"Imagine a world where your behavior is never evaluated: no one ever praises you, no one ever criticizes you. Whenever you do something wrong, people say, 'Ah, you know how she is, you can't really blame her. If you knew about her upbringing, you'd understand.' Most people hate to be excused in that dismissive manner. We want people to hold us responsible for what we do, even if that means ticking them off. We would much prefer to have people angry with us than have them pity us.
Strangely, when it comes to criticizing others, we suddenly become very 'understanding' and refuse to pronounce judgment. We can be amazingly inventive in thinking up excuses to exonerate others' trespasses. Sometimes we turn sociologist and blame the system, the economy, or the culture. Sometimes we become psychologists and point to mitigating factors like stress and insecurities. Excusing others makes us feel magnanimous and compassionate. These are undeserved emotions, however, for what we're really doing is condescending to people and showing them lack of respect," pg. 126 of Everyday Ethics by Joshua Halberstam.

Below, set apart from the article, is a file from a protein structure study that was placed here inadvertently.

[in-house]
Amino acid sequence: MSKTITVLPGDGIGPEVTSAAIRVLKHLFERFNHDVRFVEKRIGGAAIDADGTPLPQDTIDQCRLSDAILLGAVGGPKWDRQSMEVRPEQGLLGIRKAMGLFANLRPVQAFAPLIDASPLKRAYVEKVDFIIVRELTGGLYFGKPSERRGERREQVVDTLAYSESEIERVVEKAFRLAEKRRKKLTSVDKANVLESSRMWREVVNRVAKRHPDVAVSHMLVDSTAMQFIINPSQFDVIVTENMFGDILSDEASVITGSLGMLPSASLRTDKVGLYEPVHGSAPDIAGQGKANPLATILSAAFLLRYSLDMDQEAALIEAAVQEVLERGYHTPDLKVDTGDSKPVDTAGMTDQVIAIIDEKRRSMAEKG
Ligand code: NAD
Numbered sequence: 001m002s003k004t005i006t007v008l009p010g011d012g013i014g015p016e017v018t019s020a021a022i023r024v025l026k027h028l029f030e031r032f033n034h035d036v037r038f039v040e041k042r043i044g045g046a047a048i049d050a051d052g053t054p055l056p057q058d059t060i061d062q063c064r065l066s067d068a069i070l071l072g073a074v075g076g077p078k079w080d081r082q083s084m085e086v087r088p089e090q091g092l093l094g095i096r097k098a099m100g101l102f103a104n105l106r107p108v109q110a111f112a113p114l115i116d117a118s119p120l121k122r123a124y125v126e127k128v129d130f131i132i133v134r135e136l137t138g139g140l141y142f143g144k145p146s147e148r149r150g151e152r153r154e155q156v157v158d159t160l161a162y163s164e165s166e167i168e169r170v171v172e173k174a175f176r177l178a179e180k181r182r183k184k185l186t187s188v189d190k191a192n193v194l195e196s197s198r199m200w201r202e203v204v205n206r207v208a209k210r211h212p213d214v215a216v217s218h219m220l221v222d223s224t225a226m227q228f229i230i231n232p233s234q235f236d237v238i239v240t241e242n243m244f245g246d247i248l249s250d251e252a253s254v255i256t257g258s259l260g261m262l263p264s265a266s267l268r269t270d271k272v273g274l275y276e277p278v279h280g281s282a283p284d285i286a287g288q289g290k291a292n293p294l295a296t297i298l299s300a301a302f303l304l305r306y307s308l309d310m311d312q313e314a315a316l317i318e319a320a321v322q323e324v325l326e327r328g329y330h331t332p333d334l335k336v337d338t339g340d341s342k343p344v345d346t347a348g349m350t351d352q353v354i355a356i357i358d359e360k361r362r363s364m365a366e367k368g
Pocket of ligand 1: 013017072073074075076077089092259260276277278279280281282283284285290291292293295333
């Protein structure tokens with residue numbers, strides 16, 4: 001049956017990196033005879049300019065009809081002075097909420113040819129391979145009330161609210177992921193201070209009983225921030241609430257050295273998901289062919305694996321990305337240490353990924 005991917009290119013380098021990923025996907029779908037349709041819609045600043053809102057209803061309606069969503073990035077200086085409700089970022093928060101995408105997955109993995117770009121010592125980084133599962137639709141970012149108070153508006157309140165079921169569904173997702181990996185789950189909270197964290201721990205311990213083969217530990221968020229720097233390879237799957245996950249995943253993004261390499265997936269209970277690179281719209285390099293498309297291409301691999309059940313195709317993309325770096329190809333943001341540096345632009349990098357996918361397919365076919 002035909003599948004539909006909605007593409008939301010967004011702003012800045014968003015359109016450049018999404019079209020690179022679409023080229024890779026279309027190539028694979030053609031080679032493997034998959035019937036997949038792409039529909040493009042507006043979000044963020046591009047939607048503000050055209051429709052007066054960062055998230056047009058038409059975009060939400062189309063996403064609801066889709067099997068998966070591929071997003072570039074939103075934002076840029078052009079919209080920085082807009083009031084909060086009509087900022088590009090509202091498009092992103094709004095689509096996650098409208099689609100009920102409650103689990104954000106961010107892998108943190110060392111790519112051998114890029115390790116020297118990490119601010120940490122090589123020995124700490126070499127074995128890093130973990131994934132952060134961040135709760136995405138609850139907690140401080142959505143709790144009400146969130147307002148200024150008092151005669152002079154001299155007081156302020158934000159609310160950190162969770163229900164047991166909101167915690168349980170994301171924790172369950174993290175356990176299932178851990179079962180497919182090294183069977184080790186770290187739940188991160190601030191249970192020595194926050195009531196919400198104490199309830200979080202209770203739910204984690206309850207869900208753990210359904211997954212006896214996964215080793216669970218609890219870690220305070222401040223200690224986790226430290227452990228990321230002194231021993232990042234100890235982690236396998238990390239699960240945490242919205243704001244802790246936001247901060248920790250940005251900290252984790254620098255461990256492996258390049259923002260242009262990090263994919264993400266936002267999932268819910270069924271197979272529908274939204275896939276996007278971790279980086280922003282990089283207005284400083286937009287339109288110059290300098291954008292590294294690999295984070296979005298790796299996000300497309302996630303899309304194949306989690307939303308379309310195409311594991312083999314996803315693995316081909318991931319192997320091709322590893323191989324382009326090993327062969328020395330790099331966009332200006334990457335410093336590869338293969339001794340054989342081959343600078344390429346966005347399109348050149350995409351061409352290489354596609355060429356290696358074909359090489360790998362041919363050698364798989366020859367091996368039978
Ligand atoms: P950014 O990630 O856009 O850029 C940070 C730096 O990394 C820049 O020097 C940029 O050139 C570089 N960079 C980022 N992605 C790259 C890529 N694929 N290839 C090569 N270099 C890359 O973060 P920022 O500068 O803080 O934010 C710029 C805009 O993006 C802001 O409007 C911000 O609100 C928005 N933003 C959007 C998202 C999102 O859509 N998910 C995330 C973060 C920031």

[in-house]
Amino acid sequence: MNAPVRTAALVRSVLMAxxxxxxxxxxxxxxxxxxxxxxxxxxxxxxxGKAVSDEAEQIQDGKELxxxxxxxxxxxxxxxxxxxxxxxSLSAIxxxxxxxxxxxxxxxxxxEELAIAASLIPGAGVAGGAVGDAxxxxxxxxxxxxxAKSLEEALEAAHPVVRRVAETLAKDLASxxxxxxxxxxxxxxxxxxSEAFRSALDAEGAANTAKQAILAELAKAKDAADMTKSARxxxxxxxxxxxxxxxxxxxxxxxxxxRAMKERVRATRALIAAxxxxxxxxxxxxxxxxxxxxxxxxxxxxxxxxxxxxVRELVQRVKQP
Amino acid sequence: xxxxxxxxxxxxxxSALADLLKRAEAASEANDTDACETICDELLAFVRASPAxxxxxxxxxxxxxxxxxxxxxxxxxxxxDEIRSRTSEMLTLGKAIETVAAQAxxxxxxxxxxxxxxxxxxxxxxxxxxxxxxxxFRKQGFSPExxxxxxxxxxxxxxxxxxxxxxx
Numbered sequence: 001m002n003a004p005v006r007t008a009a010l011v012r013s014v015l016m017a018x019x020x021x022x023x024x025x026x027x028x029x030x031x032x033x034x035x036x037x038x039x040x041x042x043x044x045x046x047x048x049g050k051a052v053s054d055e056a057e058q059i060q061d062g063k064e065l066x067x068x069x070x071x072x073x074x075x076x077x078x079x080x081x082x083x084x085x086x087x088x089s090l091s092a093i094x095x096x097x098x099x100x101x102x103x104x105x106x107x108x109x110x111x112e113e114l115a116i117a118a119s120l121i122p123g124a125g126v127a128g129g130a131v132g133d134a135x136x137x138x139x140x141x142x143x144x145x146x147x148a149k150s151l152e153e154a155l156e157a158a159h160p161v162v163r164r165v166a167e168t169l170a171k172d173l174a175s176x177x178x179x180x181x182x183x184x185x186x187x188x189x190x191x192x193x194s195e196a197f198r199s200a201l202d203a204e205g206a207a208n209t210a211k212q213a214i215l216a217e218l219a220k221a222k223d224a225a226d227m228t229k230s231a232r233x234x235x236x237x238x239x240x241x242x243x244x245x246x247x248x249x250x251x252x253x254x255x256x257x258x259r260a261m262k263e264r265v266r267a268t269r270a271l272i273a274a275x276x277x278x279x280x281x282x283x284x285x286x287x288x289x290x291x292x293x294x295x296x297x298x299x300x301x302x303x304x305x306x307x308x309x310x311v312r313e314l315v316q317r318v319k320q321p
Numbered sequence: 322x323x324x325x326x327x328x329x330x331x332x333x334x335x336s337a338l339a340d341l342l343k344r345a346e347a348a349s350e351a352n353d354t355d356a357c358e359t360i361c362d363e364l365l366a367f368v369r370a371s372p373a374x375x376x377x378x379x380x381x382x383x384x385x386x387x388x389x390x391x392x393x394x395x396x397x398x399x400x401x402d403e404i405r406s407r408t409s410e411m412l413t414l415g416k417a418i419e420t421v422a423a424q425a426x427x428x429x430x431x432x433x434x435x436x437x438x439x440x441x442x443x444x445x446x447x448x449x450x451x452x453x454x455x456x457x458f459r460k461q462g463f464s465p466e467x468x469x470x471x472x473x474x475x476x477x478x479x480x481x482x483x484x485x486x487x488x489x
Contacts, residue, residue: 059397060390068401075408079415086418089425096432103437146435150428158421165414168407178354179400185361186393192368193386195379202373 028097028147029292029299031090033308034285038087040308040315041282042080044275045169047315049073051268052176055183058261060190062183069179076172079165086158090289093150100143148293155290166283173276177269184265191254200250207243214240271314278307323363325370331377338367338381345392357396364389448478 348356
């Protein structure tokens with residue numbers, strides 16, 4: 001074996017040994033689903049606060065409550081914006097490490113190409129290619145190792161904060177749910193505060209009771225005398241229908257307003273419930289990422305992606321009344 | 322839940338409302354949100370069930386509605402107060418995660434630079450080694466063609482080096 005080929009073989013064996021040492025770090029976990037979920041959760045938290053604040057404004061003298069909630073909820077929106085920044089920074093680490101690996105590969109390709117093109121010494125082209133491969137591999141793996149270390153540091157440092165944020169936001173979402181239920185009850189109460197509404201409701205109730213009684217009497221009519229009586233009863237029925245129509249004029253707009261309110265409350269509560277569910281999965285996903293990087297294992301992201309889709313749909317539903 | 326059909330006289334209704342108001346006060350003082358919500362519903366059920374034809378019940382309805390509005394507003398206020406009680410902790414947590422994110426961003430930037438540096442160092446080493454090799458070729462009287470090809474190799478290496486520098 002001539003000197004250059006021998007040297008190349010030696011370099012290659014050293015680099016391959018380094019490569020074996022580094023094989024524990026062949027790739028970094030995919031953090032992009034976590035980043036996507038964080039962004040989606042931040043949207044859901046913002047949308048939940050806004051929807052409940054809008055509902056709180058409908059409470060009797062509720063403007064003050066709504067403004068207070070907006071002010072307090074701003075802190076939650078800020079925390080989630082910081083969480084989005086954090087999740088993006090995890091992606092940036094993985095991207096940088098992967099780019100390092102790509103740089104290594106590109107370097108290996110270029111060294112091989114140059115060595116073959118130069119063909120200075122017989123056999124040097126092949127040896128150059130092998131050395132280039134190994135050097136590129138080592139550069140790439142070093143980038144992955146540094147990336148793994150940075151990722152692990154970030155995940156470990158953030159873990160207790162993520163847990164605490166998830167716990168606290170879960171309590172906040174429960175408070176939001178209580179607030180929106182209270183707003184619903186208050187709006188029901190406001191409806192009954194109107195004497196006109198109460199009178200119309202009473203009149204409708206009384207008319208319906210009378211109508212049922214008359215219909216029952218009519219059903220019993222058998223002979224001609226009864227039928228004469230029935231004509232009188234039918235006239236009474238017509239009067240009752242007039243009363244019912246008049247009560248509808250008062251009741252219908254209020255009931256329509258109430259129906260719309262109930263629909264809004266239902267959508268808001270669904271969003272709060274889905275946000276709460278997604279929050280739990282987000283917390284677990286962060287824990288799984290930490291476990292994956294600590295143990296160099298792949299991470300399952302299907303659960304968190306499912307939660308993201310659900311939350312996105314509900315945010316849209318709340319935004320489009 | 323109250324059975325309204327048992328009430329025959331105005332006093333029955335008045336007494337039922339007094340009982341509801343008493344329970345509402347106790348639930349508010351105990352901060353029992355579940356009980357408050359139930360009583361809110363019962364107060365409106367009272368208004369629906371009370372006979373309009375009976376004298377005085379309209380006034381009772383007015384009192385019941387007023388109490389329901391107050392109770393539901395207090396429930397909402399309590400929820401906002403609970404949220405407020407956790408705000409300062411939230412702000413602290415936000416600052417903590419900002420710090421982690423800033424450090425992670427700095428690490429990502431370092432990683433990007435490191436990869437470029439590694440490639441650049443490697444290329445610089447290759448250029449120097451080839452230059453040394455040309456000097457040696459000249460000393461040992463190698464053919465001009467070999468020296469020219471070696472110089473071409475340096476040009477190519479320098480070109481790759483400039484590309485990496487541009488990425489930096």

Sunday, November 9, 2014
Halberstam on the Ethics of Calling People Out
Posted by Peter at 10:49 AM